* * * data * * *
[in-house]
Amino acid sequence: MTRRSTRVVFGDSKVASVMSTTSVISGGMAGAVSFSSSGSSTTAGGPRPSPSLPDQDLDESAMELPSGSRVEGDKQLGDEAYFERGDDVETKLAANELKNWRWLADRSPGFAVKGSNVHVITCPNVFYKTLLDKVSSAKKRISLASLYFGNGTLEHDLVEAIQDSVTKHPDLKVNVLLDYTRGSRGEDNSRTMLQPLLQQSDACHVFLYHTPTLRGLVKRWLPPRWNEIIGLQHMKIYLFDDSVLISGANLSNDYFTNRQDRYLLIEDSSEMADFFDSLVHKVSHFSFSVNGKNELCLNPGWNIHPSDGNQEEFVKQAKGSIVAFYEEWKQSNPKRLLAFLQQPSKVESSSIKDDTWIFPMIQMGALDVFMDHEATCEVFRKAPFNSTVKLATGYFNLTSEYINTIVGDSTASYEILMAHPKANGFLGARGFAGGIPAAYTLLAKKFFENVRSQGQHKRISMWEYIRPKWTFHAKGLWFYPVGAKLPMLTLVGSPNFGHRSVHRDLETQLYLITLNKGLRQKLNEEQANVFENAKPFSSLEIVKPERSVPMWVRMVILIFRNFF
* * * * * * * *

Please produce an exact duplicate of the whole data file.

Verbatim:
[in-house]
Amino acid sequence: MTRRSTRVVFGDSKVASVMSTTSVISGGMAGAVSFSSSGSSTTAGGPRPSPSLPDQDLDESAMELPSGSRVEGDKQLGDEAYFERGDDVETKLAANELKNWRWLADRSPGFAVKGSNVHVITCPNVFYKTLLDKVSSAKKRISLASLYFGNGTLEHDLVEAIQDSVTKHPDLKVNVLLDYTRGSRGEDNSRTMLQPLLQQSDACHVFLYHTPTLRGLVKRWLPPRWNEIIGLQHMKIYLFDDSVLISGANLSNDYFTNRQDRYLLIEDSSEMADFFDSLVHKVSHFSFSVNGKNELCLNPGWNIHPSDGNQEEFVKQAKGSIVAFYEEWKQSNPKRLLAFLQQPSKVESSSIKDDTWIFPMIQMGALDVFMDHEATCEVFRKAPFNSTVKLATGYFNLTSEYINTIVGDSTASYEILMAHPKANGFLGARGFAGGIPAAYTLLAKKFFENVRSQGQHKRISMWEYIRPKWTFHAKGLWFYPVGAKLPMLTLVGSPNFGHRSVHRDLETQLYLITLNKGLRQKLNEEQANVFENAKPFSSLEIVKPERSVPMWVRMVILIFRNFF